Linked by Thom Holwerda on Fri 25th May 2007 17:15 UTC, submitted by Dale Smoker
Hardware, Embedded Systems When Dell put up its IdeaStorm community-feedback site, the company was surprised by the strong response in favor of shipping personal computers with Linux. The PC company then announced that it would offer Ubuntu Linux on select systems, and as of yesterday, they are taking orders. Ubuntu Linux is now available on the XPS 410n high-end desktop system at USD 849 (compared with USD 899 for the same machine with Windows installed), the E520n desktop at USD 599, and the E1505n notebook at USD 599. For now, the Ubuntu systems will only be available to customers in the United States. Availability is expected 'in the coming weeks' according to an announcement given on May 1, but lists a shipping time of three to five days.
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RE: Configuration differences
by ubit on Sat 26th May 2007 04:06 UTC in reply to "Configuration differences"
Member since:

E1505 has 256Mb ATI X1400, (which, according to Dell site, cost additional $99). So E1505 with Vista is a better deal.

No, you **DO NOT** want ATI cards in Linux. It's a good thing they are using Intel

What you get with an ATI card in Linux:

1) you get kicked to a black screen on bootup, because distributions cannot bundle proprietary drivers. So the end user must type sudo apt-get install xorg-ati-whatever, make depends, etc..

2) crashes

3) crahses when switching from virtual terminal to X

4) suspend/hibernate problems

5) possible security issue

6) underdeveloped driver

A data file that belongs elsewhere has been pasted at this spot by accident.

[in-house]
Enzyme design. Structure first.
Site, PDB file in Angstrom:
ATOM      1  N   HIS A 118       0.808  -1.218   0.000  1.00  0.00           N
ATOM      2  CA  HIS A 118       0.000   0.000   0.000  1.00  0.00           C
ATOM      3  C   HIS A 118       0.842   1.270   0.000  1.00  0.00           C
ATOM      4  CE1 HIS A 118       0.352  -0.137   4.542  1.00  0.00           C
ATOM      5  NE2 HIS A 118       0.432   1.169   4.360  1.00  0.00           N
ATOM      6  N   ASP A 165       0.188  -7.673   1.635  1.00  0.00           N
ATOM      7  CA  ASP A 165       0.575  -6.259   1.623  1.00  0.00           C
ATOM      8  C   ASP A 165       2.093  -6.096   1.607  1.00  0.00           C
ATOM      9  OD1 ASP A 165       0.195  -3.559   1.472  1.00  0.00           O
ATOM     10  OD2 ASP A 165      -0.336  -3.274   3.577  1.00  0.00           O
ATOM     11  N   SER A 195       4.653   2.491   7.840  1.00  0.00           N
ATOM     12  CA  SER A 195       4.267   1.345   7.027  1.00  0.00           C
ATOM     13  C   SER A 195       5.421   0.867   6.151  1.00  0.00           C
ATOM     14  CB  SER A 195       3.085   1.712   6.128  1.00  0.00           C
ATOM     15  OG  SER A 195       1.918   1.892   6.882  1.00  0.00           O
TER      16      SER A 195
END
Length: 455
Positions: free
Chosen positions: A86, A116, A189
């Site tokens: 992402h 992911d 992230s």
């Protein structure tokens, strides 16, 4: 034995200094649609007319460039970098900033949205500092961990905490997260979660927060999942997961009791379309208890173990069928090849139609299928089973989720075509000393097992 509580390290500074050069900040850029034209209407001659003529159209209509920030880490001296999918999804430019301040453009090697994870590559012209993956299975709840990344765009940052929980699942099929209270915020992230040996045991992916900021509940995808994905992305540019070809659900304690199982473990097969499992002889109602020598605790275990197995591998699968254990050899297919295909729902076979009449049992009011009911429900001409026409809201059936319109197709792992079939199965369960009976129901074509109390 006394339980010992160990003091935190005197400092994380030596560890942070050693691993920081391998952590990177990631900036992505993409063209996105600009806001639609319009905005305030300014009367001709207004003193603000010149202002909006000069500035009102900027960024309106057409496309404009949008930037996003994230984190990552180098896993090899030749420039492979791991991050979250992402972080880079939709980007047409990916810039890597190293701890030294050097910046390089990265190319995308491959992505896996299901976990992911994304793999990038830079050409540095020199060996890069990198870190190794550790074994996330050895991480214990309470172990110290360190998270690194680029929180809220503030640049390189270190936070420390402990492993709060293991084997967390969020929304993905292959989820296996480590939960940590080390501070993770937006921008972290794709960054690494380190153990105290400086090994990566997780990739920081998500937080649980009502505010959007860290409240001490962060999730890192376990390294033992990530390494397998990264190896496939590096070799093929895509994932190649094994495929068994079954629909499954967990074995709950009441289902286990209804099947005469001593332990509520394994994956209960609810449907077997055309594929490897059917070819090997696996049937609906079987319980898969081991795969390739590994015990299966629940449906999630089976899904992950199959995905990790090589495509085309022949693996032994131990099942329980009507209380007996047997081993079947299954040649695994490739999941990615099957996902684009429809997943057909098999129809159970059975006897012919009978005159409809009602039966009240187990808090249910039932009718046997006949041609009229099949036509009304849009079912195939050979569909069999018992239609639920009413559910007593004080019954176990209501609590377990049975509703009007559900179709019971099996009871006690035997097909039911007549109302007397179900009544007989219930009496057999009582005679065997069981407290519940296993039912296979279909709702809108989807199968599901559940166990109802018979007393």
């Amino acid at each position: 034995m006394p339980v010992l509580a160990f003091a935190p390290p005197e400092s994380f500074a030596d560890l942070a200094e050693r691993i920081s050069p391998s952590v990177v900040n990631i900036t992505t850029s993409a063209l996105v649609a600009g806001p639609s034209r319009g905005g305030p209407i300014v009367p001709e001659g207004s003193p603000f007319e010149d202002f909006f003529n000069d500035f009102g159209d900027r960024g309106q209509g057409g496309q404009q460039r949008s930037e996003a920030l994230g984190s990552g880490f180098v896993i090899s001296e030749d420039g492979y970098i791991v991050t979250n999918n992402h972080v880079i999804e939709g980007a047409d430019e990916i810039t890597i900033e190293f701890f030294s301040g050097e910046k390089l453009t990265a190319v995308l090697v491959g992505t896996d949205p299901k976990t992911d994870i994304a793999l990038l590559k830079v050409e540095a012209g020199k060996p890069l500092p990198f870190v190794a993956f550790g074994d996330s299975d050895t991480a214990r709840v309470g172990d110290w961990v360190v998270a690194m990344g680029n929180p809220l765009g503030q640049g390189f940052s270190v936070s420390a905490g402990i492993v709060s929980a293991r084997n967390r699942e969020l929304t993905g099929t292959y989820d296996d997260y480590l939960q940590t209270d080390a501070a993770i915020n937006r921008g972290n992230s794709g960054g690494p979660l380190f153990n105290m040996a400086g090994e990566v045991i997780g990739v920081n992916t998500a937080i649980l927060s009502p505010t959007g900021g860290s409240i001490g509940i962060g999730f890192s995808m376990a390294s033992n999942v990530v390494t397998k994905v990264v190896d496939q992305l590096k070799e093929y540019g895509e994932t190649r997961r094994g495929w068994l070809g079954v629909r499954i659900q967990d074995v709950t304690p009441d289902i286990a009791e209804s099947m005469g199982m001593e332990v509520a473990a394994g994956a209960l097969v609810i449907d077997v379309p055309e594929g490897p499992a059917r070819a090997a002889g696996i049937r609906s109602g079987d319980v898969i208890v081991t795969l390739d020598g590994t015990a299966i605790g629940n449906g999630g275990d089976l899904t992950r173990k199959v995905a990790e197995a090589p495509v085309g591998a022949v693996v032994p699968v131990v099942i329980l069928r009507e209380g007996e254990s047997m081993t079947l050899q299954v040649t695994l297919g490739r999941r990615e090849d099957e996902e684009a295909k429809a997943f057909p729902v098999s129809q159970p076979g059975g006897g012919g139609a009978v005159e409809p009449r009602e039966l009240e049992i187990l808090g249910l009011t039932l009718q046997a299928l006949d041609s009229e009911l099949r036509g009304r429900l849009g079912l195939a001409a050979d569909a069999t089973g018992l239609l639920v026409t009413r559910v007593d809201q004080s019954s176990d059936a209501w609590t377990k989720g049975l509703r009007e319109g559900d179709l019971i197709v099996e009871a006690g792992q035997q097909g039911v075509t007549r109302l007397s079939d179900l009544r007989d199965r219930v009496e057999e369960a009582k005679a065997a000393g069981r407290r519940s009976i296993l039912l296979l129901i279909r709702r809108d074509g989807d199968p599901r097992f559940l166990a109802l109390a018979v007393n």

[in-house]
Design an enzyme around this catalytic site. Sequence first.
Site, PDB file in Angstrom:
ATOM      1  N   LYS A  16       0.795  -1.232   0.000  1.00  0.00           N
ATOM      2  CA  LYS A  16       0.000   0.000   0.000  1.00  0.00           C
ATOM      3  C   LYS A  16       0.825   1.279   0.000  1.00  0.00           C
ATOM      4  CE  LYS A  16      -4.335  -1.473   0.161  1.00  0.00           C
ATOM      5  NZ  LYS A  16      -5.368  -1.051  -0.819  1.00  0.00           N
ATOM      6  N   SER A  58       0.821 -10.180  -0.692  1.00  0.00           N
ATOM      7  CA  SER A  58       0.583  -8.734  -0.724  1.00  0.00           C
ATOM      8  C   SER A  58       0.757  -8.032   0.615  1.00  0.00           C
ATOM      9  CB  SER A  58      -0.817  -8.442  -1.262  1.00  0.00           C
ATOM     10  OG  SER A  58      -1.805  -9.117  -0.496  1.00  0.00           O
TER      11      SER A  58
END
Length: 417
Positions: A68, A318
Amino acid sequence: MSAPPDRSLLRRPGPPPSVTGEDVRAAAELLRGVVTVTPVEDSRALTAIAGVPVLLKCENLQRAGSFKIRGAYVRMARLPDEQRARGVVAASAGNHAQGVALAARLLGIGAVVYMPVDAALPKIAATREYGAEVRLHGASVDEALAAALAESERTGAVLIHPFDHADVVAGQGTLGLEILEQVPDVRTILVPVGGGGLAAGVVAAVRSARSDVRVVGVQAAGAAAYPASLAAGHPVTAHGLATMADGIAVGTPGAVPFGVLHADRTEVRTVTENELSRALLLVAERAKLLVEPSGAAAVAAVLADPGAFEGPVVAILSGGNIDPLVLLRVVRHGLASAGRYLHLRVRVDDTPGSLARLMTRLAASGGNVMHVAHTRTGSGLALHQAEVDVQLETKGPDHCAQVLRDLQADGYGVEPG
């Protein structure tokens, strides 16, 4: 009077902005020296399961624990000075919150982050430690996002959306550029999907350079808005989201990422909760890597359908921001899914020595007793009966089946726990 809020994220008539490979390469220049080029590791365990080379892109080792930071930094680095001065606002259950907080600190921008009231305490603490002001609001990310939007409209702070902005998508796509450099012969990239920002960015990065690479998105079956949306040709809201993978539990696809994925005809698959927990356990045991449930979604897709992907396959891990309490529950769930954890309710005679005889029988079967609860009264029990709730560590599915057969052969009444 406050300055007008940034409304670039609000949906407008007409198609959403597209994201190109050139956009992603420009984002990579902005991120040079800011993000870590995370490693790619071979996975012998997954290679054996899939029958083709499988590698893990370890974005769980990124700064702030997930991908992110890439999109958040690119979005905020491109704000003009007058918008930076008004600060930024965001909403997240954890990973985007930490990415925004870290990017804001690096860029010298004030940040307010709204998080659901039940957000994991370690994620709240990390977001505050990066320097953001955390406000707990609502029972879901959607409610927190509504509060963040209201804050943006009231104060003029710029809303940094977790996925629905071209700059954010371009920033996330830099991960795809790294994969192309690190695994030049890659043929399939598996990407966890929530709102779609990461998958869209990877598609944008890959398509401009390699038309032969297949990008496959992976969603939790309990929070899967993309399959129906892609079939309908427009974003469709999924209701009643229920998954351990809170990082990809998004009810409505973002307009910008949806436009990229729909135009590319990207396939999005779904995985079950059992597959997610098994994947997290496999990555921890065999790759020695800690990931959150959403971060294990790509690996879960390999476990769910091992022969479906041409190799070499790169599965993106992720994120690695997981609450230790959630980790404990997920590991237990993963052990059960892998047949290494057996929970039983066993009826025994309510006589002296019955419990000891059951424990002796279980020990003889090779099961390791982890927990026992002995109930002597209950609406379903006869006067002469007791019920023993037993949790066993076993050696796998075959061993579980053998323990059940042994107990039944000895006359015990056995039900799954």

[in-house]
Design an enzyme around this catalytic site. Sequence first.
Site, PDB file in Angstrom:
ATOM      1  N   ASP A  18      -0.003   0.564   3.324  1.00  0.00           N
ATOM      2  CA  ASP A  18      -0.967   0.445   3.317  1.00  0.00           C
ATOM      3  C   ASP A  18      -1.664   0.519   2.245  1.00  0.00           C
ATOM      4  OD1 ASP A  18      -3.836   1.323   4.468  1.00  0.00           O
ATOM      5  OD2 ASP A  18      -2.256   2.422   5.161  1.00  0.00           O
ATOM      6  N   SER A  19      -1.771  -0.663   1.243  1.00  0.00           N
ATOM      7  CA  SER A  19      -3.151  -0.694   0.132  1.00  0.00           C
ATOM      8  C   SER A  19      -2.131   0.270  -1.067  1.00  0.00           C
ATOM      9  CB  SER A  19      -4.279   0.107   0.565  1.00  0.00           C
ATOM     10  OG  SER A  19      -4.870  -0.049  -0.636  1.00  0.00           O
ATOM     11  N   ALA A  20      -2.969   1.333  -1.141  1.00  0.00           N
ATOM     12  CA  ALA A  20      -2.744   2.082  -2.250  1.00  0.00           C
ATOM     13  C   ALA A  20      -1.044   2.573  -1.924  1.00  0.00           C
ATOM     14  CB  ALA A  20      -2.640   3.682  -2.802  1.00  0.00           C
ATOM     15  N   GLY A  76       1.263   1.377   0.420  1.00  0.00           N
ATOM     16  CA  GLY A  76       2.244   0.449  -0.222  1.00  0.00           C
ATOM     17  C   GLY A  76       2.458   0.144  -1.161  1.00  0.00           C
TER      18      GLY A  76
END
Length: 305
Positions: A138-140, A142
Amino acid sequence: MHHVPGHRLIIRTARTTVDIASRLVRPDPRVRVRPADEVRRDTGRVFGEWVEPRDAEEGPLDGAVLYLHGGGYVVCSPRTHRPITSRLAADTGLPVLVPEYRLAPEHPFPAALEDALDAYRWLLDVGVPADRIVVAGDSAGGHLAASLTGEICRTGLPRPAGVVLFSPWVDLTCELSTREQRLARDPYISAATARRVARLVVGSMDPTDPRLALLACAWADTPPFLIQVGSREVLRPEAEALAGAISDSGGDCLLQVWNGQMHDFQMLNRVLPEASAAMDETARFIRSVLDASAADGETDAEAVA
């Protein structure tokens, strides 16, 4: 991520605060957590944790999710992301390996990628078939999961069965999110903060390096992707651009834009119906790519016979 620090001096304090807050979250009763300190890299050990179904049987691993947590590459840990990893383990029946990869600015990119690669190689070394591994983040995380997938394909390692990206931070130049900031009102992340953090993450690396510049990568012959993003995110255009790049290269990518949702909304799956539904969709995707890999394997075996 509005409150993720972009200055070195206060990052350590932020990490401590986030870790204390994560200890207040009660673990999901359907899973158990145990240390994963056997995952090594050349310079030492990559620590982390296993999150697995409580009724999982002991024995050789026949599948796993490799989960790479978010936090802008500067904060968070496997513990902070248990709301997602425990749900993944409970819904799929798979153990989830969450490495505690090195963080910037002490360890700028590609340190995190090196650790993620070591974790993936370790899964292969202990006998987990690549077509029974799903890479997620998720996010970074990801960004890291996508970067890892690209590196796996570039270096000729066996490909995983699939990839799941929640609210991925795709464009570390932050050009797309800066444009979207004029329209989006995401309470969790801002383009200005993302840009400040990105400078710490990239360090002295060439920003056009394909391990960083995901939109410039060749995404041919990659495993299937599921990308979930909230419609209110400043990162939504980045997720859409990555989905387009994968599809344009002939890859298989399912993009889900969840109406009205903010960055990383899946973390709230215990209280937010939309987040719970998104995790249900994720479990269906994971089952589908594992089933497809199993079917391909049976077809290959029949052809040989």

7) no AIGLX (bye bye compiz and beryl)

8) no Xvmc

Crappiest drivers ever.

Edited 2007-05-26 04:07

Reply Parent Score: 3

RE[2]: Configuration differences
by smitty on Sat 26th May 2007 04:23 in reply to "RE: Configuration differences"
smitty Member since:

It's worth noting that most of those issues are only valid with the newer X1xxx+ cards. If you get an older one like the X300-800 series things work pretty well OOTB with open source drivers. Of course, at that point you may as well just go with the cheaper Intel chip since performance isn't much better...

Reply Parent Score: 2

Flatland_Spider Member since:

There is a work around. PC-BSD work out of the box with newer ATI drivers. I'm not sure how they do it, but get them to work.

I'm not saying that the performance doesn't make me want to shoot myself in the head to get the pain to stop, but it does work well enough that the OS should boot and end users should be able to download the correct drivers.

But yeah, until AMD releases their open source drivers the best option is to use Intel or Nvidia.

Reply Parent Score: 1

archiesteel Member since:

Well, that's not quite accurate. It really depends on the actual chipset. Here I have a Xpress 200M chipset, and here's the experience:

1) you don't get a black screen on bootup, because the ati free driver works well for 2D; installing the proprietary hardware is a bit more of a pain than, say, for a Nvidia card, but there is a good howto here:

2) The fglrx driver is much more stable than it used to be

3) The fglrx driver no longer crahses when switching from virtual terminal to X (this bug was solved recently)

4) Suspend/hibernate now works reasonably well, though you need to tweak parameters in /etc/default/acpi-support...

5) I'm not aware of possible security issues, nor to the current security status

6) The driver's performance is *acceptable*...there's room for improvement, definitely

7) No AIGLX, but you can still have Compiz/Beryl using's a bit more of a hassle, but the performance is good (that's what I have right now on my Kubuntu laptop)

8) No Xvmc, unfortunately

So, while it is still far from perfect, it's not *quite* as bad as you make it to be. Certainly, for high-performance 3D graphics, going with Nvidia is the preferred choice.

Reply Parent Score: 2